Elon Musk says Brexit uncertainty was part of decision for Tesla's European factory to be based in Germany instead of the UK
Musk said Brexit uncertainty makes it "too risky" to base factory in the UK
Tesla boss, Elon Musk, has said that uncertainty over the Brexit process has played a part in the firm’s decision to build its first European factory in Germany rather than the UK.
The entrepreneur revealed at an awards ceremony in Germany that the firm’s European battery plant known as “gigafactory” would be built on the outskirts of Berlin near the new Berlin airport.
Although Musk said that “outstanding” German engineering is part of the reason they are locating its gigafactory in Germany, he also told AutoExpress magazine that Brexit uncertainty made it “too risky” to locate in the UK.
Musk said the factory, which is Tesla’s fourth gigafactory, will build batteries, powertrains and vehicles starting with Model Y. Production is expected to start in 2021.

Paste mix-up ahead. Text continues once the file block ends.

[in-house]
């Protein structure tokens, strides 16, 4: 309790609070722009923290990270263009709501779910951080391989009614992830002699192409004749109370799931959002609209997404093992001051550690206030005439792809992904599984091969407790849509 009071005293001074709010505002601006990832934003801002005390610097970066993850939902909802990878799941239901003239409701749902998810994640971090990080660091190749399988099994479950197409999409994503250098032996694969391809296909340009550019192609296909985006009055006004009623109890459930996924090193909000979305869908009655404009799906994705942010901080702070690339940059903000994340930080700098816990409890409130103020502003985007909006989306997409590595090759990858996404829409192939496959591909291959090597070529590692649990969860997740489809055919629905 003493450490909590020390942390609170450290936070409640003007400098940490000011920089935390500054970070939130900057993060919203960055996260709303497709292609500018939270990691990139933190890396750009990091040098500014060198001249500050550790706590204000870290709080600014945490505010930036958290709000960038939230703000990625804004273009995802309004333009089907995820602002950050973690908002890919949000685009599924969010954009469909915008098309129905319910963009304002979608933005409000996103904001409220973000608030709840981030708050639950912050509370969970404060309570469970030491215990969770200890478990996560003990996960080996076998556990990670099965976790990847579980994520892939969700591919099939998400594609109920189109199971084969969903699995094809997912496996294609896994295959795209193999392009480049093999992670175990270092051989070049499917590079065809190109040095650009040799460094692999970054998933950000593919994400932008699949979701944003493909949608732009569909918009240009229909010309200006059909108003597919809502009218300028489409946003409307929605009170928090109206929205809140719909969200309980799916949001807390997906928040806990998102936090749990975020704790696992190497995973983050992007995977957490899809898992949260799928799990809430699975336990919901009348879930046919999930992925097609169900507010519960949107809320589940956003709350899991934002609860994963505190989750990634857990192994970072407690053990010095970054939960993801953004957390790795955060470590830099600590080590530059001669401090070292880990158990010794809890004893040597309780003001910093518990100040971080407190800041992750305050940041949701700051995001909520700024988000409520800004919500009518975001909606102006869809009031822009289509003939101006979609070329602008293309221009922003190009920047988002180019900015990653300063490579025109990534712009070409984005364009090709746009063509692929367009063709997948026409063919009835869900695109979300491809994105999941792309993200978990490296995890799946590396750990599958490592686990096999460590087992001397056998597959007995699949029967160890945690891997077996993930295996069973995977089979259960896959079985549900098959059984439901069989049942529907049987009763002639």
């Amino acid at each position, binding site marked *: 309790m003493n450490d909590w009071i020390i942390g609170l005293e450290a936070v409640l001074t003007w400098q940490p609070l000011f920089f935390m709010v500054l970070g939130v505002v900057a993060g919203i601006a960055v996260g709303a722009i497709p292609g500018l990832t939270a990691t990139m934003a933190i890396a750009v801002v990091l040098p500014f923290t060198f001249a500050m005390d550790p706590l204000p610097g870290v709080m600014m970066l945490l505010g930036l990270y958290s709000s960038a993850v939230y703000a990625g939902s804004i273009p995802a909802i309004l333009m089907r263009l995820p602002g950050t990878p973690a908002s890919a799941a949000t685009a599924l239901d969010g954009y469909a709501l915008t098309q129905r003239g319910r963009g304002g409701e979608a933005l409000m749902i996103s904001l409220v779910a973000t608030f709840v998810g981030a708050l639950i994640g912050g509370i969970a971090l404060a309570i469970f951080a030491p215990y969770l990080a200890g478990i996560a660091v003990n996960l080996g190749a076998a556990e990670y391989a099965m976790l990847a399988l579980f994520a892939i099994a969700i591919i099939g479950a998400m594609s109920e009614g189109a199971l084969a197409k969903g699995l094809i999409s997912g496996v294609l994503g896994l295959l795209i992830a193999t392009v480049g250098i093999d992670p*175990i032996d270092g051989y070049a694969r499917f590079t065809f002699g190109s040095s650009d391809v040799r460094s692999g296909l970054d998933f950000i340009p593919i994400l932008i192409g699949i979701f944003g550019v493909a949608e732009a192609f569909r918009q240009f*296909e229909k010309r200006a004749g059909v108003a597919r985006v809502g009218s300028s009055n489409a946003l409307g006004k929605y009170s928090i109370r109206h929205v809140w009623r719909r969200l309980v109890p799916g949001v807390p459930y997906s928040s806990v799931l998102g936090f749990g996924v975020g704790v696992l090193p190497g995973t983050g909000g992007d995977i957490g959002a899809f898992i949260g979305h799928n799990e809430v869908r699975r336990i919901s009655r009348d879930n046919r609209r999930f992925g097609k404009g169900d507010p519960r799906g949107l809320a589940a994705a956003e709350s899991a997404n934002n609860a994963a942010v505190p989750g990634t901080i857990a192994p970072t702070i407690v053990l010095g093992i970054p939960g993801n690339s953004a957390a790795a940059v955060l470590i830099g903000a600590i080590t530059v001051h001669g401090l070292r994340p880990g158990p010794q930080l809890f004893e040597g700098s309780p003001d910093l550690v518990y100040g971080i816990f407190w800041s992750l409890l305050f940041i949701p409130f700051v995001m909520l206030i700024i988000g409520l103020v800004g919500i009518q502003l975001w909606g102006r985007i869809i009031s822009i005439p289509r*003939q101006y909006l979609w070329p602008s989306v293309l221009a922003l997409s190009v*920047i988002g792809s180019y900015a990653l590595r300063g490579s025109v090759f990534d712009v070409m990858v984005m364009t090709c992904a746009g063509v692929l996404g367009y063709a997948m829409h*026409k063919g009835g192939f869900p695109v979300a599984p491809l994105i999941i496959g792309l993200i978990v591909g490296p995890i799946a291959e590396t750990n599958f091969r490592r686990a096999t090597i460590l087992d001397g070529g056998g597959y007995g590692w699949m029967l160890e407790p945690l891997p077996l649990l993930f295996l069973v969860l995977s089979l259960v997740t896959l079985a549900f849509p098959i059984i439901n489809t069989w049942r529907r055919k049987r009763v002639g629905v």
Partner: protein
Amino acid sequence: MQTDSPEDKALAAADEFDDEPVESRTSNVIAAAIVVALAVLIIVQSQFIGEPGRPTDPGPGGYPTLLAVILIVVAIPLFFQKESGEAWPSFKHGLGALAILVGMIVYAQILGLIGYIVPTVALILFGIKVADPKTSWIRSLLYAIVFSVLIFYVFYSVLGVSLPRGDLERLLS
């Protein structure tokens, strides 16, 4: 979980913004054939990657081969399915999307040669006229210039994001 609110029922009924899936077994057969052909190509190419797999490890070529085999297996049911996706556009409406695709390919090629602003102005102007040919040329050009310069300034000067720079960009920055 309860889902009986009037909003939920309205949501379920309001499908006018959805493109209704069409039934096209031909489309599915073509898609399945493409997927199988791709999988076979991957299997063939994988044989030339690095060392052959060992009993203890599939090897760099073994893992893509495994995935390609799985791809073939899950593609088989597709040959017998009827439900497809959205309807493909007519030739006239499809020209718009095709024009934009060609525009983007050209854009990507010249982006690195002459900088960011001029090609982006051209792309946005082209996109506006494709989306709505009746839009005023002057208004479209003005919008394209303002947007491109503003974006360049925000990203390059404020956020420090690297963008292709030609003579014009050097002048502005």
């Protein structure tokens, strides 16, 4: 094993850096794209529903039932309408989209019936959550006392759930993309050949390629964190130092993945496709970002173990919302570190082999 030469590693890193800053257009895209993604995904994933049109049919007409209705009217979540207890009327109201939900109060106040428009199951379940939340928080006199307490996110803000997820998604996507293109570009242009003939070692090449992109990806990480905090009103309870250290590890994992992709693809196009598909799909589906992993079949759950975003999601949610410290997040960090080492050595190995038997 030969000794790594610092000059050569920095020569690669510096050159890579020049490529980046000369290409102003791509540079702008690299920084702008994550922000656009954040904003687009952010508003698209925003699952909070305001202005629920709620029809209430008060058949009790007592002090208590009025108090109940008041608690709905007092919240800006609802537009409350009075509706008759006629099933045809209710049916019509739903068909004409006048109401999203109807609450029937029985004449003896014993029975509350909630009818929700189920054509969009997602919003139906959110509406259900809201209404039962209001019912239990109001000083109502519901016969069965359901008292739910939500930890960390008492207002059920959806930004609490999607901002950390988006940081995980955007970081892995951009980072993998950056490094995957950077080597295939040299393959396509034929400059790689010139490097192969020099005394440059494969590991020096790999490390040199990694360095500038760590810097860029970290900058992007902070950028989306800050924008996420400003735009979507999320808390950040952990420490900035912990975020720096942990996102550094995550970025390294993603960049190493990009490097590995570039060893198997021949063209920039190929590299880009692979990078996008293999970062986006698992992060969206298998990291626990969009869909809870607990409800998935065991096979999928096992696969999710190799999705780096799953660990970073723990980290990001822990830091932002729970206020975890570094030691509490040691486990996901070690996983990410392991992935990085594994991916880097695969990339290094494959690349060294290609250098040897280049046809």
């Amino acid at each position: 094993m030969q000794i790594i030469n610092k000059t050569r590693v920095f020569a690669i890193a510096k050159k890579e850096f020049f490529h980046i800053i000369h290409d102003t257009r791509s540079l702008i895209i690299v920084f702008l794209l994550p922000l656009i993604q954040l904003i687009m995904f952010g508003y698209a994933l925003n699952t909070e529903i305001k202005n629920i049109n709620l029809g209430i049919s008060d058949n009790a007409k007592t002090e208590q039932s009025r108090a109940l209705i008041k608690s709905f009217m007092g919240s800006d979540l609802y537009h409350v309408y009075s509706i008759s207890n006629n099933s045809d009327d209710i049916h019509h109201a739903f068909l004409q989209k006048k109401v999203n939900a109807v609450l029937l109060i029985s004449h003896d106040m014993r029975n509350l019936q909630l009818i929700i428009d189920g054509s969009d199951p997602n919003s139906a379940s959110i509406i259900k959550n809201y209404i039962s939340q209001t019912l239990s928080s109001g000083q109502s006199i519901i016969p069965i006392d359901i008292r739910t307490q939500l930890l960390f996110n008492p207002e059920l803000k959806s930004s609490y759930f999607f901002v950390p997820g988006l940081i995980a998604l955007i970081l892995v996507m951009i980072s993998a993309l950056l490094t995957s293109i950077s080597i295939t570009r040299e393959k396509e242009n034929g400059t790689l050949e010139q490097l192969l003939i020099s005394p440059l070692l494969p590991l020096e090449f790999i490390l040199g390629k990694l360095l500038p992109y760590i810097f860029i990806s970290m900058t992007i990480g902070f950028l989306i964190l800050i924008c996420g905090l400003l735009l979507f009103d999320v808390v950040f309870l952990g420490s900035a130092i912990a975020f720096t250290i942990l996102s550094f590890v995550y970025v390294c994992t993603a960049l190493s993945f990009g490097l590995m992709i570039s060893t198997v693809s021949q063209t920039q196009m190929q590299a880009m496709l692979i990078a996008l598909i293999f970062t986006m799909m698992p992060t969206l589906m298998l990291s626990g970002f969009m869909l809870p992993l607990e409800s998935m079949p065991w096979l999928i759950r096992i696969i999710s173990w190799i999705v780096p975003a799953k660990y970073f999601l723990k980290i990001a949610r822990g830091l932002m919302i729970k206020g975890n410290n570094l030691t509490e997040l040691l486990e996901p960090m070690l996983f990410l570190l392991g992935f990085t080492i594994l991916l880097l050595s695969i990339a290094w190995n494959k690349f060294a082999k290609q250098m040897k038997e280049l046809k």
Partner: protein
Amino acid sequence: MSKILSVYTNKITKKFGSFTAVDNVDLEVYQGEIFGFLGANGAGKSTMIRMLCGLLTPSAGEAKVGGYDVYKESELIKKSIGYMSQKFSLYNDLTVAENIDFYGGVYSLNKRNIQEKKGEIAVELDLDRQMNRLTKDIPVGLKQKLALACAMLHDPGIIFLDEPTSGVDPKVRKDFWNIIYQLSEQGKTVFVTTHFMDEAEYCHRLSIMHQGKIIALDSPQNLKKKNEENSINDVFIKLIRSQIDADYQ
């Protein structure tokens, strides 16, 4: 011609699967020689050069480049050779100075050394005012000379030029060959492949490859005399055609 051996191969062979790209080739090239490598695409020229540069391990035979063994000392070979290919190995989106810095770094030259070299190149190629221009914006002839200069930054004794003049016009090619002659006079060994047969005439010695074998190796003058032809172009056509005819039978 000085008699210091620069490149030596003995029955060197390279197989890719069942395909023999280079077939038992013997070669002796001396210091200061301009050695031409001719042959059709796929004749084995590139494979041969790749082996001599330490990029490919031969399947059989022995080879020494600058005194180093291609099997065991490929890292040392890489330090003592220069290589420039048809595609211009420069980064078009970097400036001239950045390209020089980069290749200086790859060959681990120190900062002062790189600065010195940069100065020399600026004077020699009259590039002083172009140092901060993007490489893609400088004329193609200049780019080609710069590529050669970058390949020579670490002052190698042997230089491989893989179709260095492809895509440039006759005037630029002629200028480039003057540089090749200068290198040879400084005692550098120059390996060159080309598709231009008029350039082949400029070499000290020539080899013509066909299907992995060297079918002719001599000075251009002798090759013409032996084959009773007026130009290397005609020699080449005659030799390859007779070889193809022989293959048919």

Musk also blamed Brexit uncertainty for his decision to drop plans to build a research and development base in the UK, which will now also go to Germany.
The company already has an assembly site in the Netherlands, but the plans for Germany are on a much larger scale.
In November 2016, Musk said Tesla planned to build an R&D base in the UK. He had previously said that if there was sufficient demand a factory could subsequently be built in the UK, although Tesla planned to open its first European factory on the continent.
As a possible no-deal Brexit weighs down industry investment, even the current deal proposed by the government would involve checks for customs and the origin of parts, that would affect the car industry and electric car industry in particular.
Tesla's European plan comes as the carmaker also moves ahead with a $2 billion (£1.6bn, €1.8) factory in Shanghai.
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